Research: MEEVISSEN and COLLEAGUES,

Listed in Issue 205

Abstract

MEEVISSEN and COLLEAGUES, Clinical Psychological Science, Maastricht University, P.O. Box 616, 6200 MD Maastricht, The Netherlands. Yvo.Meevissen@maastrichtuniversity.nl  investigated whether optimism can be increased by imagining a best possible self (BPS).

Background

Optimism is a personality trait which has repeatedly been shown to correlate with, and predict psychological and physical well-being. The present study investigated whether optimism can be increased by imagining a best possible self (BPS). Effects were compared to a control group in which participants imagined their daily activities (DA).

Methodology

In order to minimize inter-individual differences in content of imagery, participants constructed their BPS according to 3 domains, namely a personal, relational, and professional domain. All participants were instructed to practice their imagery exercise for 5 min per day over a period of two weeks. Effects on optimism and mood were measured after one session, after one week and after two weeks.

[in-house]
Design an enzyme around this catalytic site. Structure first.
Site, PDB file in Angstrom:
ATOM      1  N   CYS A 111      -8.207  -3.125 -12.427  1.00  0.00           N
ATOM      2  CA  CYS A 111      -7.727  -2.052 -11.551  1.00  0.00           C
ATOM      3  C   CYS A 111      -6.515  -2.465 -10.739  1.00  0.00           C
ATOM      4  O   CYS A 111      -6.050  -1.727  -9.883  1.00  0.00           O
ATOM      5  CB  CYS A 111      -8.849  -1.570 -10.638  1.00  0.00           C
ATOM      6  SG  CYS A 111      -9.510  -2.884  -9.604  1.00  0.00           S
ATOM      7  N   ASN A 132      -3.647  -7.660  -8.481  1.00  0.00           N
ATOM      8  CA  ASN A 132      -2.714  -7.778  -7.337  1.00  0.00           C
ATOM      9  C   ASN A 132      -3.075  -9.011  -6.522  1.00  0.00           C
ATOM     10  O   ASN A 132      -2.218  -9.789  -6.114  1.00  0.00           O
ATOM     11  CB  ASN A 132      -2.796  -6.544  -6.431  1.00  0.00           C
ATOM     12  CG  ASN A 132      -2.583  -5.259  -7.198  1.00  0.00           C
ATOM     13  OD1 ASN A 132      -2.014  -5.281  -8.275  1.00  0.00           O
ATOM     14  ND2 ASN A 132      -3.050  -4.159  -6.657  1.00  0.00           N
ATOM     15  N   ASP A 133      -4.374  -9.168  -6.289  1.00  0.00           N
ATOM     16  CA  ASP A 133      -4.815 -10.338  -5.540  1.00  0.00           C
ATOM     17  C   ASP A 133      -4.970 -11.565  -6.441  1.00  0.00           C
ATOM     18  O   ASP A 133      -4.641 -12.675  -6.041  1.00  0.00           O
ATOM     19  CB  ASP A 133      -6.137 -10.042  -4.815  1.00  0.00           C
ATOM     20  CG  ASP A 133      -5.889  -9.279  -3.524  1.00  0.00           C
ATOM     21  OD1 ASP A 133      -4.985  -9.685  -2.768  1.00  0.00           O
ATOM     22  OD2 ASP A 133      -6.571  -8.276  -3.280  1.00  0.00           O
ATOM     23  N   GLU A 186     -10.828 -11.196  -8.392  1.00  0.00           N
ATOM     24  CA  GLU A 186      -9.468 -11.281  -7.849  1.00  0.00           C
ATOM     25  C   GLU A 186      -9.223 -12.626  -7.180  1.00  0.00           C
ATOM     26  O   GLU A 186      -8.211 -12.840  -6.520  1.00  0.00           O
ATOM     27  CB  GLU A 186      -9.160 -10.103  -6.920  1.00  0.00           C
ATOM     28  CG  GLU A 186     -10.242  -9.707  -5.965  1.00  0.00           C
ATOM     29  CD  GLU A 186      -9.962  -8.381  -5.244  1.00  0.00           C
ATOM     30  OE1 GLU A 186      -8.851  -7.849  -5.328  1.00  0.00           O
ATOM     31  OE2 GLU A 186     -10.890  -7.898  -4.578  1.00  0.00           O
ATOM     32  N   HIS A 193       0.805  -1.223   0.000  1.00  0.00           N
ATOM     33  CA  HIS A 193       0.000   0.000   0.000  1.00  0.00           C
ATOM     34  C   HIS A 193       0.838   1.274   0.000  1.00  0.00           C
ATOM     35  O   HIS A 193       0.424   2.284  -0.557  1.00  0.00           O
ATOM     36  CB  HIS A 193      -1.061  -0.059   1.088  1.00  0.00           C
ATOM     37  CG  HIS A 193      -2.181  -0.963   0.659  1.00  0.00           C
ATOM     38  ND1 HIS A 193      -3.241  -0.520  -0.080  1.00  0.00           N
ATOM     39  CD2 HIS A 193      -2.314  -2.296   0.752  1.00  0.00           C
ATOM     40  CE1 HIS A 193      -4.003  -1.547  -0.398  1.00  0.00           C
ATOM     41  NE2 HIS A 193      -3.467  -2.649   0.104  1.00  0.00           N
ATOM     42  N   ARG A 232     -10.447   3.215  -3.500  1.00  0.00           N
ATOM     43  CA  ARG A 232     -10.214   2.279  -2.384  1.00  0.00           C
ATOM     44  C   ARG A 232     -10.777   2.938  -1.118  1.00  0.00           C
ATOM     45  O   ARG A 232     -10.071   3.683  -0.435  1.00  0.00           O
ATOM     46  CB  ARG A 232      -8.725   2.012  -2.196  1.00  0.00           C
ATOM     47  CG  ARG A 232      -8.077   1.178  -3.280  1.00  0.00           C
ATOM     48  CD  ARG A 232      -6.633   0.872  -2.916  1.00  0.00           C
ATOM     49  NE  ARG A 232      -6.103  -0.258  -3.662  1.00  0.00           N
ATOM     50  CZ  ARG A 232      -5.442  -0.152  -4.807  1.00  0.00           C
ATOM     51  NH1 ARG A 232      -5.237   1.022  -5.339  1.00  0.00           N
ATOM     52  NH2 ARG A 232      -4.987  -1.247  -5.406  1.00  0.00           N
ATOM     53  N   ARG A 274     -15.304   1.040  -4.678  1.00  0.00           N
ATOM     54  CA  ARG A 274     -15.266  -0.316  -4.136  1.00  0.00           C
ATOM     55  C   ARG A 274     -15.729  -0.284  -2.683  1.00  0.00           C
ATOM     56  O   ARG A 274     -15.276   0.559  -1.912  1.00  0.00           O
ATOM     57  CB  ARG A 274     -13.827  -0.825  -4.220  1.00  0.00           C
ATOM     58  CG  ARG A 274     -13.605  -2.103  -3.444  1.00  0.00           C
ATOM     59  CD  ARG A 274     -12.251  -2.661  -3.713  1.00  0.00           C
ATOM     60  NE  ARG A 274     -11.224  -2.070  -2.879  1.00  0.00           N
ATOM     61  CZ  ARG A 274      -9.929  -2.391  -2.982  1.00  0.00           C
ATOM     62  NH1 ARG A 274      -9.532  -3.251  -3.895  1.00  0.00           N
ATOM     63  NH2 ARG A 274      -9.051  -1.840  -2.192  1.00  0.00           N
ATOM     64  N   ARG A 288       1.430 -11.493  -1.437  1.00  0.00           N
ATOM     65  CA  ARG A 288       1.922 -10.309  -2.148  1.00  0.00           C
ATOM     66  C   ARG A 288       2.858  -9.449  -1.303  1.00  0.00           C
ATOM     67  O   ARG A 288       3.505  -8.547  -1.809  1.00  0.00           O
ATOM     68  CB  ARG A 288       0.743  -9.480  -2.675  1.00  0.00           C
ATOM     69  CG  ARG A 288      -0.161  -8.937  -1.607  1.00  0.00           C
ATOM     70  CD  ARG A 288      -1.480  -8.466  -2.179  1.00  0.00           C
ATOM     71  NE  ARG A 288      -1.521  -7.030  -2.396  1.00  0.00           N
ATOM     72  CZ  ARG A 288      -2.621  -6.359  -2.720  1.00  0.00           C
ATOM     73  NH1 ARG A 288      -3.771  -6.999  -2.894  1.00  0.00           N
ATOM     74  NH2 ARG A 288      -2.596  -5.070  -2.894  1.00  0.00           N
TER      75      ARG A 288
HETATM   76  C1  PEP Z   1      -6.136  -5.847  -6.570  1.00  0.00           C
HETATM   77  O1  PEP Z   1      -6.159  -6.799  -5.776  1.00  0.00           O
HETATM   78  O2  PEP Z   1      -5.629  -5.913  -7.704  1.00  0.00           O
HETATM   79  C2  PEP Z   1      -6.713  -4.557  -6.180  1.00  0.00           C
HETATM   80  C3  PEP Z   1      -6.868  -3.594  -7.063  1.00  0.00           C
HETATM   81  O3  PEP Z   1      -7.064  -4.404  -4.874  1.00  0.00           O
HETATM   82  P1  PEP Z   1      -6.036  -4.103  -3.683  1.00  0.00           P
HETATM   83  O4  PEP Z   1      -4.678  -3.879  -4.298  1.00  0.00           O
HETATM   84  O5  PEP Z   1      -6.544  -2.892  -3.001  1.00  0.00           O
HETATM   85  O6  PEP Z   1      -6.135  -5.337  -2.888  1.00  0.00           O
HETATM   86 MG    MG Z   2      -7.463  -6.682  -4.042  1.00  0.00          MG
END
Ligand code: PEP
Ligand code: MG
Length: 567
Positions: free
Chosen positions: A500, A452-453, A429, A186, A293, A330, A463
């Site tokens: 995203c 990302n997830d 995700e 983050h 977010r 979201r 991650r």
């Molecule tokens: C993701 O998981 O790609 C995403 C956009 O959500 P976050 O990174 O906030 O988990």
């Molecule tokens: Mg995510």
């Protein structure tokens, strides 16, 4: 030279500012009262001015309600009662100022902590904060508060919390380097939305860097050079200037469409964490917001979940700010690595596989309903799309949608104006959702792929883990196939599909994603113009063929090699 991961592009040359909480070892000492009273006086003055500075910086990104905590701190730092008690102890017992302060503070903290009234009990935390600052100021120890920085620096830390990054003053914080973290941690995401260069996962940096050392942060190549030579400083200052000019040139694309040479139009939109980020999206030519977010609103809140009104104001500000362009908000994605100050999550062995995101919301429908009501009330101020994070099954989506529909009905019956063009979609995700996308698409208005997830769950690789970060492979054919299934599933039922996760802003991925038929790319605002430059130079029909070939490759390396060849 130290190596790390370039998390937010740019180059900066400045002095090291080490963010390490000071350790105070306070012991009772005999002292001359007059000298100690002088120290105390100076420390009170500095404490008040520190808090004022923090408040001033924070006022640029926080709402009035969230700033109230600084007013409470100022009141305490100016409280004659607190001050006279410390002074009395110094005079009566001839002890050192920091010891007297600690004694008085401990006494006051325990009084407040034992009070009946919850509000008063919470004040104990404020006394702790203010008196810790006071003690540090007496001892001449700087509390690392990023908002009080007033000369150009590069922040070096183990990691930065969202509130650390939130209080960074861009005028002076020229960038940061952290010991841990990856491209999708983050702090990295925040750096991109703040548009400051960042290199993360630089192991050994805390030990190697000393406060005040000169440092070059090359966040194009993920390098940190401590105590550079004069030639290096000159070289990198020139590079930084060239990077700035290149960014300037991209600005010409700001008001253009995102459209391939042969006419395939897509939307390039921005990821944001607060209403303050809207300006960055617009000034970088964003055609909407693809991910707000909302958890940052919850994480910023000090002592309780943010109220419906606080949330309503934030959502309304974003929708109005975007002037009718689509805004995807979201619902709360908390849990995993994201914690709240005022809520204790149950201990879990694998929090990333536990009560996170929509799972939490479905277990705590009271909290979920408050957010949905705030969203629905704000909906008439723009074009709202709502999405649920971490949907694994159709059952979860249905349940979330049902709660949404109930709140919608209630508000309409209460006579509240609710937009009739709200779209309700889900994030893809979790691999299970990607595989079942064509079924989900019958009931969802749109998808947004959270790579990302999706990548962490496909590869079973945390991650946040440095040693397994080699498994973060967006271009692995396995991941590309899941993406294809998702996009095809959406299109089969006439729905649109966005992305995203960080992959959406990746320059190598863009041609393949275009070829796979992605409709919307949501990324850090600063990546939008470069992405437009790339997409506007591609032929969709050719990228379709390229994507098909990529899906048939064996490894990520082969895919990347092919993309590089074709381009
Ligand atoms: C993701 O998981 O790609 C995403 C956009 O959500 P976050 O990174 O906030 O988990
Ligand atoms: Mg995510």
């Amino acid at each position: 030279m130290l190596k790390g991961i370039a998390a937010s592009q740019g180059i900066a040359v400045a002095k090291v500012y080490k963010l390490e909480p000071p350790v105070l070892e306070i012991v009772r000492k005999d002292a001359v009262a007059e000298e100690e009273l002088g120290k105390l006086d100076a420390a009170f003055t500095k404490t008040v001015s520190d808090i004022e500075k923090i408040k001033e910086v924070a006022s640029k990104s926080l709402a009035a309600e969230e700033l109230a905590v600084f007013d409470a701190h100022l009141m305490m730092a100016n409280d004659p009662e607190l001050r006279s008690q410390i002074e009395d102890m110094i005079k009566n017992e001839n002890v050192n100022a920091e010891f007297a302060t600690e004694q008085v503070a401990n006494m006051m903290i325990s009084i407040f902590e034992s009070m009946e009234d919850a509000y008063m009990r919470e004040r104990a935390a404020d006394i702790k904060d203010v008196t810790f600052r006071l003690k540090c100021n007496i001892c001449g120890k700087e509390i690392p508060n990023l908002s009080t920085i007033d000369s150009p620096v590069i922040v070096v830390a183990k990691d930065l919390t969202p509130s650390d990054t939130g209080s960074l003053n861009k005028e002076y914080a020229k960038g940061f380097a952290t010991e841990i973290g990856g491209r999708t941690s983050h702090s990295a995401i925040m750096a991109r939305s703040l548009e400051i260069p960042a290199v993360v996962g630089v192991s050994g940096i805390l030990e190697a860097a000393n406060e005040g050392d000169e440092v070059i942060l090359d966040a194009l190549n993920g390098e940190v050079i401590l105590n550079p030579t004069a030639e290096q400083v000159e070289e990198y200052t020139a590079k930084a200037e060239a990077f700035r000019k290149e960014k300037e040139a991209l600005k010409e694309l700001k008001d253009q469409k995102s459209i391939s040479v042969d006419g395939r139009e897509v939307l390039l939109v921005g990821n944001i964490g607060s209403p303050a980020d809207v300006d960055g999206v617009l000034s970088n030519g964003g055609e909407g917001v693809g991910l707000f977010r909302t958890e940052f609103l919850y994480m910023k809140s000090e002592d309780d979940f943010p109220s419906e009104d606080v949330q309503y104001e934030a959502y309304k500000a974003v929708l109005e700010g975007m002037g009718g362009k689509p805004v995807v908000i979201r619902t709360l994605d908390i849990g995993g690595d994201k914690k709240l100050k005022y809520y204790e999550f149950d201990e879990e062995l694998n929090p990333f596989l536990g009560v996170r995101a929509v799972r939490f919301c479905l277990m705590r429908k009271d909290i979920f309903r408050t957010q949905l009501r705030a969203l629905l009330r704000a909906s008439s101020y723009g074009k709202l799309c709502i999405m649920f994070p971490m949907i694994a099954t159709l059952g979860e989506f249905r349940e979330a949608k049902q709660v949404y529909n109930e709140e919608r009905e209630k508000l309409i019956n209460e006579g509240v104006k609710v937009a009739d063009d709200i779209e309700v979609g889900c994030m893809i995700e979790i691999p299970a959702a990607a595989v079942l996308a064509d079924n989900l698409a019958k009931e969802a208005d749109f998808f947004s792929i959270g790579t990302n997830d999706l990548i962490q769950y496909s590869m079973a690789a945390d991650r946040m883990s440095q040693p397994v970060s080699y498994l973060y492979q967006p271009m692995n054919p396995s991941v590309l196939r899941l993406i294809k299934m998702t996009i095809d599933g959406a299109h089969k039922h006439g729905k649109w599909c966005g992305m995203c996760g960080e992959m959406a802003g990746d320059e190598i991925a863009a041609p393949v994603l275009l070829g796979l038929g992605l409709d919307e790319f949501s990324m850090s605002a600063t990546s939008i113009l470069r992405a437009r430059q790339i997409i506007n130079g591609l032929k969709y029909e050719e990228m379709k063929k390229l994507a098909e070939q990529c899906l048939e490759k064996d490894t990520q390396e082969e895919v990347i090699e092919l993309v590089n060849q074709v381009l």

Results

Results indicated that BPS imagery led to significantly larger increases in optimism as compared to DA imagery, after one session and over a two week period. Effects on optimism remained after controlling for possible mediation by the change in positive mood. In order to test the effectiveness of our BPS imagery intervention we relied exclusively on self-report measures.

Conclusion

The present study confirmed that imagining a BPS enhances levels of optimism, independent of the mood effect.

References

Meevissen YM, Peters ML and Alberts HJ. Become more optimistic by imagining a best possible self: effects of a two week intervention. Source Journal of Behavior Therapy & Experimental Psychiatry. 42(3):371-8. Sep 2011.

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